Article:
movement taught me is that the only person I have to satisfy is me. That may

sound arrogant and overbearing but that is not how it is intended. I set

high standards for myself and if I can meet them I am likely to meet the

standards of others. I no longer worry about being accepted by society. I

have rights and I will fight to see they are protected. Society does not

need to accept me but they do need to include me. I am proud to be a person

who is blind. I am proud of what I accomplish every day in spite of the

barriers that are there. More than that, I am proud of what every blind

person everywhere accomplishes every day. It isn’t easy to be blind and

anybody who says it is or who suggests that it’s a walk in the park does not

live in the same world I do!

I enjoy modern folk music, fantasy and science fiction and hope that, in

due course, I will find some time to write. The one thing you can be sure I

will not write is an autobiography. My three children are now grown up and I

have ten grandchildren which is quite enough to keep me occupied and young.

I still have a lot to do and many places where I think I can help. I have

had a good life and only wish I had not been quite so busy. When you don’t

make time to smell the roses, they have often faded before you can enjoy


Meet Jane Blaine! (moderator)

Jane has been involved in programming and administration of blind sport and

para sport for over 30 years. Professionally she is the Executive Director

of BC Blind Sports and Recreation Association and also acts as the CEO of

Canadian Blind Sports. Current interests of Jane’s include the development

of a long term athlete/participant pathway showing how individuals who are

blind or visually impaired enter physical activity and become physically

literate, and move through the stages of long term athlete and participant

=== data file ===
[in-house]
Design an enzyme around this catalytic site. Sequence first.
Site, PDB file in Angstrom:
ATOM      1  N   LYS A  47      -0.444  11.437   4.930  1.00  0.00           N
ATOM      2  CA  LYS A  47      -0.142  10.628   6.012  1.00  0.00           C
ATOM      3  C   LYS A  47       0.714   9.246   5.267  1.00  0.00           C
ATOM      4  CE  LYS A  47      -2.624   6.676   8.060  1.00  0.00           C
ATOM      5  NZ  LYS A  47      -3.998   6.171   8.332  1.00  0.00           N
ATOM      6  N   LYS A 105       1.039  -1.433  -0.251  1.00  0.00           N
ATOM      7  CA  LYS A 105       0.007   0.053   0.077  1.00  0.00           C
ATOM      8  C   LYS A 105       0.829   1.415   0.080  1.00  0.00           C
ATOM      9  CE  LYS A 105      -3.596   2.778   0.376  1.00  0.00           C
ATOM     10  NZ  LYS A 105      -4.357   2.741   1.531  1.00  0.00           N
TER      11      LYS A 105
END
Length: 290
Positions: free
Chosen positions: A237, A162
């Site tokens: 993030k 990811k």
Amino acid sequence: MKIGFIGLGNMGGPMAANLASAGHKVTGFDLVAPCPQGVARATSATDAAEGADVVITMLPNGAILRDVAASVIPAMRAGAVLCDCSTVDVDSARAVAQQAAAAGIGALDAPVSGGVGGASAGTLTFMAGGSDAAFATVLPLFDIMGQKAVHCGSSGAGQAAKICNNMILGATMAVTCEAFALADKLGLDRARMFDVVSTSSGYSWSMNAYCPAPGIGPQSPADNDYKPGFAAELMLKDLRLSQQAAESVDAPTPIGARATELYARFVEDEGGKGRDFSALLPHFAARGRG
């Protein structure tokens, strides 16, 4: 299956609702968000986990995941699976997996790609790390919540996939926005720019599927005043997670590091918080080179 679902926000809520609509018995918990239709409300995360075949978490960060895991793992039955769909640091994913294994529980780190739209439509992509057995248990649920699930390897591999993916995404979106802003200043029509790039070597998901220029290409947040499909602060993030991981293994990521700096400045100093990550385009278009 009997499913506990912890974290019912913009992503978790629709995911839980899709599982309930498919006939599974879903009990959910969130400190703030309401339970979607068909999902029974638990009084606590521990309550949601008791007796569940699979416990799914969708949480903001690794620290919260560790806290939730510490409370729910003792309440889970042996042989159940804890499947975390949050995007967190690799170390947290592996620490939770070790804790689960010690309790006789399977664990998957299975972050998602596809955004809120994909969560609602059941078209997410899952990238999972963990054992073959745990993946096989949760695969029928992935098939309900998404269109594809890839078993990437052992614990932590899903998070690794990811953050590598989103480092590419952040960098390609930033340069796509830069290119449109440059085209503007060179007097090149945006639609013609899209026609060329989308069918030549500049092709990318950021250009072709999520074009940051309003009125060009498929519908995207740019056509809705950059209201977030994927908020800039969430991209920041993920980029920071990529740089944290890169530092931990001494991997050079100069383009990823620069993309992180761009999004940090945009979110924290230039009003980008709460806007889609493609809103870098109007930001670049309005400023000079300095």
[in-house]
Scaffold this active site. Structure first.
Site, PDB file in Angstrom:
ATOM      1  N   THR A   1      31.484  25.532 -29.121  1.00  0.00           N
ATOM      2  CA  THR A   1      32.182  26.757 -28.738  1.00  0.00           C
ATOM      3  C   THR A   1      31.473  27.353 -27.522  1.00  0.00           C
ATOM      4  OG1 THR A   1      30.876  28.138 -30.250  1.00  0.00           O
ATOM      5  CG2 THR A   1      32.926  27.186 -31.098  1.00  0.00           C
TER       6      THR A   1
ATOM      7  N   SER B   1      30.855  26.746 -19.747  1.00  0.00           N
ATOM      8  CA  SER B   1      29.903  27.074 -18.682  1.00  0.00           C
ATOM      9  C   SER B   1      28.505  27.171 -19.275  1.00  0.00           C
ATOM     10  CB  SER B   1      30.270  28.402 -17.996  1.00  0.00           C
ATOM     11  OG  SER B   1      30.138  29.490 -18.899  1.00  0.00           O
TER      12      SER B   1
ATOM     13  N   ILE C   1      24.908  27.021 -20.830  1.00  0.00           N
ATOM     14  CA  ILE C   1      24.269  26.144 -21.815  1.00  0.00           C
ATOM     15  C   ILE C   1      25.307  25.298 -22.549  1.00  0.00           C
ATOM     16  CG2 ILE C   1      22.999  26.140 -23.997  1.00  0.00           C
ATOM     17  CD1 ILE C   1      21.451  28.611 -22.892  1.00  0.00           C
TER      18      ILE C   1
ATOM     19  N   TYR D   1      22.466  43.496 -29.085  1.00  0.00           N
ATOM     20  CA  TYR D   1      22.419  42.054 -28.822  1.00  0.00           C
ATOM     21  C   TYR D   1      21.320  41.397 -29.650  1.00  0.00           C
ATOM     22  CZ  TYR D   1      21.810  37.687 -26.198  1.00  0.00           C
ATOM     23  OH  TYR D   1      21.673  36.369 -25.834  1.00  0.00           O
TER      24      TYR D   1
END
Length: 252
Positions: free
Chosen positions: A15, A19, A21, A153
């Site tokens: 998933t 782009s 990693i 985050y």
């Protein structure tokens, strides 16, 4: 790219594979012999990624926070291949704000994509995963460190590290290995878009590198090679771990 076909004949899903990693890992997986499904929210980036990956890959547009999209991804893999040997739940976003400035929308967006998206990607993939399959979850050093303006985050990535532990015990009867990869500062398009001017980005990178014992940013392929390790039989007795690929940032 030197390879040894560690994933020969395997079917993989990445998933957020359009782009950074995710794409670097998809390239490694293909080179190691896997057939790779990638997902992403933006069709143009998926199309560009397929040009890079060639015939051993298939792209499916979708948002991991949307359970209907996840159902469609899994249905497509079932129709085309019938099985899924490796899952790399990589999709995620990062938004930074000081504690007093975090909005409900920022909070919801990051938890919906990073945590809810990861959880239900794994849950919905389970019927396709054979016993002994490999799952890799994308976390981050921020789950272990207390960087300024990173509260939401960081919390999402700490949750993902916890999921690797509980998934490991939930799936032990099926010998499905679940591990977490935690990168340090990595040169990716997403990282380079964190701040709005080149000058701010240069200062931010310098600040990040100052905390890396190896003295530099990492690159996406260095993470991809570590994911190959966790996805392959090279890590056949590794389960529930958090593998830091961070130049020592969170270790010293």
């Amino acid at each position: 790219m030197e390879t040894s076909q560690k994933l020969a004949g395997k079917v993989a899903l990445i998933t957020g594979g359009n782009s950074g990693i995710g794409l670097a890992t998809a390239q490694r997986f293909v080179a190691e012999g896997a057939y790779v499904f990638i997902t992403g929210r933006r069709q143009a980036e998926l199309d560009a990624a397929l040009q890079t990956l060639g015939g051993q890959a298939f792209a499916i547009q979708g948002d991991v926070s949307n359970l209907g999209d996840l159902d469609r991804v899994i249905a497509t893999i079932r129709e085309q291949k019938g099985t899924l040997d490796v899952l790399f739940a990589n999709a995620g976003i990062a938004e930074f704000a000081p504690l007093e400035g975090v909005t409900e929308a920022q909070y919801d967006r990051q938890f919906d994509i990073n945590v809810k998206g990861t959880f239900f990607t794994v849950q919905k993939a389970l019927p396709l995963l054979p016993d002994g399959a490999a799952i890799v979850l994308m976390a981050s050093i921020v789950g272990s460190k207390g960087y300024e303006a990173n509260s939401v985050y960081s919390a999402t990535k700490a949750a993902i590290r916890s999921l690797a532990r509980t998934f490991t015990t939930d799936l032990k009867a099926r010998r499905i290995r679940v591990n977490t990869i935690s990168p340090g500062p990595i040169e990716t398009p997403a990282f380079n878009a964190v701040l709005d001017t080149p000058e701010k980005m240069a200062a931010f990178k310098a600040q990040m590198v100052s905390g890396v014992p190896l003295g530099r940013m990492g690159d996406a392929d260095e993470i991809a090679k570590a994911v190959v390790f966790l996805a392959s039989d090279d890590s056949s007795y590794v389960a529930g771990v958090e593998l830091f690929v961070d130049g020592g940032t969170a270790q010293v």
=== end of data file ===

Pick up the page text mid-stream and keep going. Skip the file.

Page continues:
development, as well as supporting the research into development of sport

specific classification systems for athletes who are blind. Jane is also

interested in the progress on development of a Canadians with a Disability


Jane facilitated a previous session for AEBC and looks forward to

facilitating this upcoming session.


Questions for consideration

1. In order to ensure that people who are blind, Partially Sighted or

deaf/blind continue to have a strong voice in Canada,

What do you think the national consumer movement should look like in the


2. Canada is a small country in population. However, it is geographically quite large. would it be better in Canada to ensure that on a national level there is 1 organization of the blind working on projects and advocacy to help strengthen community activities provincially and locally?

3. National, Provincial and local organizations have tried working in coalitions. Are you aware of any activities that these coalitions have done?

Would you support a more formal working relationship between the existing

national organizations of the blind?

4. “Why do you think the blindness community is so fragmented in its

approach to advocacy and community activities?”